I don't know much, certainly nowhere near enough, about OSIs, PTSD, and so on, but I do know a bit about how the media follows a story
... and why.
I also don't know much about how the CF, and the public healthcare system at large, reacts to and treats OSIs, but I do now a bit about people.
The great thing about "Send up the count" is that it is "one-to-one" or "peer to peer" and it doesn't need any formal organization or money or anything else: just a tiny bit of good will and individual effort.
It is sad to say, but I suspect this story doesn't have "legs," as media people say ... it is here because of a small spate of human tragedies and some reaction to them, including "Send up the count." It also provides a stick
with which the media can prod government ministers in the hopes of provoking a misstatement and "Gotcha!"*
All of us, it's not a strength or weakness issue, can be lonely and that can turn, too easily, into a sense of isolation and that, I guess
, can lead to clinical depression and a whole host of associated risks. The genius of "Send up the count" is that it addresses the root cause: it provides someone to whom a person can talk, privately and confidently, about whatever is bothering them. (As far as I know I don't have any "issues," but I was just at an event with a bunch of fellows of about my age and experience ~ infantry dinosaurs! ~ and I can talk to them in ways that I cannot talk with younger friends, my doctor or even my family.) It's the whole "shared experiences" thing and it works for everyone. We soldiers, have bonds with other soldiers that are incredibly strong, even after years and years, even after decades.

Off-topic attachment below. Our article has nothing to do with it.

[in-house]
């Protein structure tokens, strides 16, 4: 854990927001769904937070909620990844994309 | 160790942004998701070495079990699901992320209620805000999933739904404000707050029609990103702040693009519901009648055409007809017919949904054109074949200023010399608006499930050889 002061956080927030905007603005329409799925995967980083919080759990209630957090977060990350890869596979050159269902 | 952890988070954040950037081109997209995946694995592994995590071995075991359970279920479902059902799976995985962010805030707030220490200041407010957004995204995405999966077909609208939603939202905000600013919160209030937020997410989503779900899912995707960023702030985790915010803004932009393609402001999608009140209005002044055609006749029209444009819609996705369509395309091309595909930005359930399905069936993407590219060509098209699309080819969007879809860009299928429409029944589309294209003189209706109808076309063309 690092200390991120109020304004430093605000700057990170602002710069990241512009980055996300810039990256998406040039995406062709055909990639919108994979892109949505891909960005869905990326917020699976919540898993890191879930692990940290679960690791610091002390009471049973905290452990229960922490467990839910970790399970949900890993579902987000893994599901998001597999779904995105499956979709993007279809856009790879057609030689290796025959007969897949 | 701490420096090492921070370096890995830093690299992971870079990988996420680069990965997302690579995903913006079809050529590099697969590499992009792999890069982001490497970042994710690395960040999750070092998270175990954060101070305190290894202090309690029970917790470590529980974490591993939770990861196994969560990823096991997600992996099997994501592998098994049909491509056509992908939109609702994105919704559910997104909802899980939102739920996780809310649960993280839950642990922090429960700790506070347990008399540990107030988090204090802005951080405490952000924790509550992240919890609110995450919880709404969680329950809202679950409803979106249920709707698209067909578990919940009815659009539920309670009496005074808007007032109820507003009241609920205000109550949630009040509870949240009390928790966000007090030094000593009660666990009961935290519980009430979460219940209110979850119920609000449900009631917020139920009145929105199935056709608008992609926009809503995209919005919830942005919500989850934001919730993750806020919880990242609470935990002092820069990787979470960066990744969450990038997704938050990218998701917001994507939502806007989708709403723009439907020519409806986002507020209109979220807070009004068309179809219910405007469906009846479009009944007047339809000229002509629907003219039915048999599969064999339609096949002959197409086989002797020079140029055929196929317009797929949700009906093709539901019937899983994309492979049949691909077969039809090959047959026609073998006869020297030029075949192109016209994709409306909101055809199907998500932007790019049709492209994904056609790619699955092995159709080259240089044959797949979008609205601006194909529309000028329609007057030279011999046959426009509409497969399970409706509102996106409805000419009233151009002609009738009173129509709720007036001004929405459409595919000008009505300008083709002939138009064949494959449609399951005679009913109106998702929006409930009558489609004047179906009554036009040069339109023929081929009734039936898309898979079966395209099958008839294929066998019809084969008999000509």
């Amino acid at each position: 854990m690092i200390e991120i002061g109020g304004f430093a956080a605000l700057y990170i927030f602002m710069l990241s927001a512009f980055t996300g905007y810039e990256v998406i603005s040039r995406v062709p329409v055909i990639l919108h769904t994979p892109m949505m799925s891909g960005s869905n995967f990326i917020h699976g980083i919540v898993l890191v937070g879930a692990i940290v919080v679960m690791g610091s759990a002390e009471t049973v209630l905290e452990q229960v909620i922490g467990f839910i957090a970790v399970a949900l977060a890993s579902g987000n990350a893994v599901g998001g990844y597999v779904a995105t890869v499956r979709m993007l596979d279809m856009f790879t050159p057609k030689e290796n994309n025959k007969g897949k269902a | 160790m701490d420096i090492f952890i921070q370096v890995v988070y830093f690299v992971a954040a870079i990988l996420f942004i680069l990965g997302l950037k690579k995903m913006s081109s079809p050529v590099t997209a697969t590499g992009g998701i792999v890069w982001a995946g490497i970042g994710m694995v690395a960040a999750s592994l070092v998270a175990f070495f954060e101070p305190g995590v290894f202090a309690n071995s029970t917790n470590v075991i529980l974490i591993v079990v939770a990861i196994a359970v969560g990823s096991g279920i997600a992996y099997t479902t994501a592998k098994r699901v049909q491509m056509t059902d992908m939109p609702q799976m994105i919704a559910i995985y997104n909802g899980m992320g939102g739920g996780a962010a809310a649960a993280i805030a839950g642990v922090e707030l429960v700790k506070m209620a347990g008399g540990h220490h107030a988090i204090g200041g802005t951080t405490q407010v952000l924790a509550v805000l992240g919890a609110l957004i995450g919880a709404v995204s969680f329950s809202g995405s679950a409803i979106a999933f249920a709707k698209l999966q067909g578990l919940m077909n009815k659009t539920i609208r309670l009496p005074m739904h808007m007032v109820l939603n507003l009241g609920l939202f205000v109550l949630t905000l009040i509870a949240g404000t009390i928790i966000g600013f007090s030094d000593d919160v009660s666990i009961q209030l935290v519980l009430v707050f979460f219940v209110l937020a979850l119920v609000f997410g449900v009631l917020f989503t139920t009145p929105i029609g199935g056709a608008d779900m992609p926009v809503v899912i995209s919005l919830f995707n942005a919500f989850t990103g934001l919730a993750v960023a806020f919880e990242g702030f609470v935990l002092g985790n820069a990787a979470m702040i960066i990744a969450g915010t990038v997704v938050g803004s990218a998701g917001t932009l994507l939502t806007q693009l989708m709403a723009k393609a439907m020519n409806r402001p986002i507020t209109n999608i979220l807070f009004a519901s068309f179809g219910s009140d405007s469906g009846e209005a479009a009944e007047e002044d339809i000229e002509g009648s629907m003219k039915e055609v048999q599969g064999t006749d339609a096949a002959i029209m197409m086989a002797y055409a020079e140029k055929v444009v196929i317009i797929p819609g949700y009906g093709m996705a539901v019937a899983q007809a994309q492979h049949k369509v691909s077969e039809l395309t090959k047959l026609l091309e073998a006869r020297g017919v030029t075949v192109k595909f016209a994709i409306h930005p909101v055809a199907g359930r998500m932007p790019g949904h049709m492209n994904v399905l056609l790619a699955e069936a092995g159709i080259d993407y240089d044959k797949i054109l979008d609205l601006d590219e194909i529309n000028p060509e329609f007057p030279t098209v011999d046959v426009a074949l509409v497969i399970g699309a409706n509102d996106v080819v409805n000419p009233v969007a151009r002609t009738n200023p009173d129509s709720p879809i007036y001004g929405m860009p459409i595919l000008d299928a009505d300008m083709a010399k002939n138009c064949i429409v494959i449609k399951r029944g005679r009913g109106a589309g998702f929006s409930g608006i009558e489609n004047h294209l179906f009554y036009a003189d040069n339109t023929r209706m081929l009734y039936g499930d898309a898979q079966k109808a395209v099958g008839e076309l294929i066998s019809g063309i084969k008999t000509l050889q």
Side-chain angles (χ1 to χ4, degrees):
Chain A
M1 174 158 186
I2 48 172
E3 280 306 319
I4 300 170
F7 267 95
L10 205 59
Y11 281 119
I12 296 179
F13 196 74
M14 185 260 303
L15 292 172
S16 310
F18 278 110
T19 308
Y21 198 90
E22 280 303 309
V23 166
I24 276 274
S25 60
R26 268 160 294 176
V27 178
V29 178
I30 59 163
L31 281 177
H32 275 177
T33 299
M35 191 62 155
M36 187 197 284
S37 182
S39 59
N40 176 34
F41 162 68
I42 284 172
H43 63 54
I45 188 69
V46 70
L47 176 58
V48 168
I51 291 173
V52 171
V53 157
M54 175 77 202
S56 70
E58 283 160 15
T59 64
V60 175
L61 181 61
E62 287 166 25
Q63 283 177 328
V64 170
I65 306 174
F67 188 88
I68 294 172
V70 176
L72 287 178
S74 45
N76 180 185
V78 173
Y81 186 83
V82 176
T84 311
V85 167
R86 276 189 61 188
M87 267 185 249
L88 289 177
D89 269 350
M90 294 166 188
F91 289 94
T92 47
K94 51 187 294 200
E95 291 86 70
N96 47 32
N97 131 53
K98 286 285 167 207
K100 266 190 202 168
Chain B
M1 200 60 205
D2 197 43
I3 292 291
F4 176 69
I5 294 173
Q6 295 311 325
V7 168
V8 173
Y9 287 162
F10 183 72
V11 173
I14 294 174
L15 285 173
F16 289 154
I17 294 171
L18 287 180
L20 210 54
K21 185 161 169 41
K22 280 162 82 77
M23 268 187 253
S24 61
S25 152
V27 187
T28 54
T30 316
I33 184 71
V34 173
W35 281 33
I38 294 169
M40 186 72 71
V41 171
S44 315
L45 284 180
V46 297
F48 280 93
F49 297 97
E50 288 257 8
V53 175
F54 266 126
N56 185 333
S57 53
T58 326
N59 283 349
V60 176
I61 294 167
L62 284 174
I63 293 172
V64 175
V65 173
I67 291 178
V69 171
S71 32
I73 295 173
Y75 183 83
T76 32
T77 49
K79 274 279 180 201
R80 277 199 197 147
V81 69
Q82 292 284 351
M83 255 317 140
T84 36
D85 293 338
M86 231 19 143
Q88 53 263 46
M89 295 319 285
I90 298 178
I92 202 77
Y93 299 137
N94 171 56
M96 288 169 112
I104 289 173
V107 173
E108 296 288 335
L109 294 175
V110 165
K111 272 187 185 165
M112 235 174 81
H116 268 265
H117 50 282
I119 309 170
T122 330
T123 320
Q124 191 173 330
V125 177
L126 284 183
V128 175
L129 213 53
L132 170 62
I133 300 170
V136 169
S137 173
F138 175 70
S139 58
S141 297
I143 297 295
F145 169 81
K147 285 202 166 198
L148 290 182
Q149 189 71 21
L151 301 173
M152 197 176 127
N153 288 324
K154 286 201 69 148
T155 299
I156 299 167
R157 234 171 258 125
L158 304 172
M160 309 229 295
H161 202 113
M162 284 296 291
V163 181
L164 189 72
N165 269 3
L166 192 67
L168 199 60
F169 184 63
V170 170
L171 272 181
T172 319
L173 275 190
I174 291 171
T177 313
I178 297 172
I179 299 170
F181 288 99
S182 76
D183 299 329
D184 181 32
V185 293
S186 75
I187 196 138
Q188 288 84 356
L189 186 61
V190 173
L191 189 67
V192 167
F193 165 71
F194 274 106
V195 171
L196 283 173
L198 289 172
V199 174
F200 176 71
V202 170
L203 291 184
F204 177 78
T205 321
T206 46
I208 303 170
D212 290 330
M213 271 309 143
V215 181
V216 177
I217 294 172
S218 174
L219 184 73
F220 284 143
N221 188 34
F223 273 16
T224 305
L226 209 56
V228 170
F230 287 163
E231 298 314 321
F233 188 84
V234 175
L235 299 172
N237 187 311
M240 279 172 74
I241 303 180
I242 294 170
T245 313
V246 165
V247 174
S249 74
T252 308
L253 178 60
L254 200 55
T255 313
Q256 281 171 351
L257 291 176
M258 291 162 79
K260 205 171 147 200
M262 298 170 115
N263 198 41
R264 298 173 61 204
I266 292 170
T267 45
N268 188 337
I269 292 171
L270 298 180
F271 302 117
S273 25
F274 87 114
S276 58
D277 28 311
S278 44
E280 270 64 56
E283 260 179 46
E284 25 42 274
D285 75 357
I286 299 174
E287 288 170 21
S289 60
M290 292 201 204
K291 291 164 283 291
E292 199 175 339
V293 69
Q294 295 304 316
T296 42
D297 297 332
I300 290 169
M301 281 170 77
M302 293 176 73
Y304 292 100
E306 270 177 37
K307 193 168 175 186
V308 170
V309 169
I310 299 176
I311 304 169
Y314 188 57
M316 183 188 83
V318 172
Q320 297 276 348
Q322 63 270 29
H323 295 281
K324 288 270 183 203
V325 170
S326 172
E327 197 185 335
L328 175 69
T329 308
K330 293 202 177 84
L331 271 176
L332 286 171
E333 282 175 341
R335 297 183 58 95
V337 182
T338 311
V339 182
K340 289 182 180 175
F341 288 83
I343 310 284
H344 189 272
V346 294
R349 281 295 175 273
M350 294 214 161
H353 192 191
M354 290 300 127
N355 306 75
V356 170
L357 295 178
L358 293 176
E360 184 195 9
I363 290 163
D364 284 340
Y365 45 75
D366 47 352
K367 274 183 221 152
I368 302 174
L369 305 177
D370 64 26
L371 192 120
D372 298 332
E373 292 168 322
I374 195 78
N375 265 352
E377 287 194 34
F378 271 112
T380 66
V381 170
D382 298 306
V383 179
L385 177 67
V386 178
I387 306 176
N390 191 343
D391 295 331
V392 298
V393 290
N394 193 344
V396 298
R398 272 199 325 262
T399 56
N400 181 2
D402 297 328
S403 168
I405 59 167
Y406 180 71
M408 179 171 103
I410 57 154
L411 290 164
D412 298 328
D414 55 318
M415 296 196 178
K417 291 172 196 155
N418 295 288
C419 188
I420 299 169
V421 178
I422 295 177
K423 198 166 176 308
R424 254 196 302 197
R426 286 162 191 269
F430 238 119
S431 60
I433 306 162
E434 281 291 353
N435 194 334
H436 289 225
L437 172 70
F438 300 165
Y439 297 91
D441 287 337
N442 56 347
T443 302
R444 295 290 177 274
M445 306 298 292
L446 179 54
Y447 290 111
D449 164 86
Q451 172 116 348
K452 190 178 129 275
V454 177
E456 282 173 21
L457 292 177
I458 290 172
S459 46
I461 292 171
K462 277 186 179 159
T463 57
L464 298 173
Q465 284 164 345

Just because the media attention to OSIs/PTSD etc will wane doesn't mean that we should stop "Sending up the count." Reaching out to old comrades in arms, offering a hand, or just an ear, is always a good thing.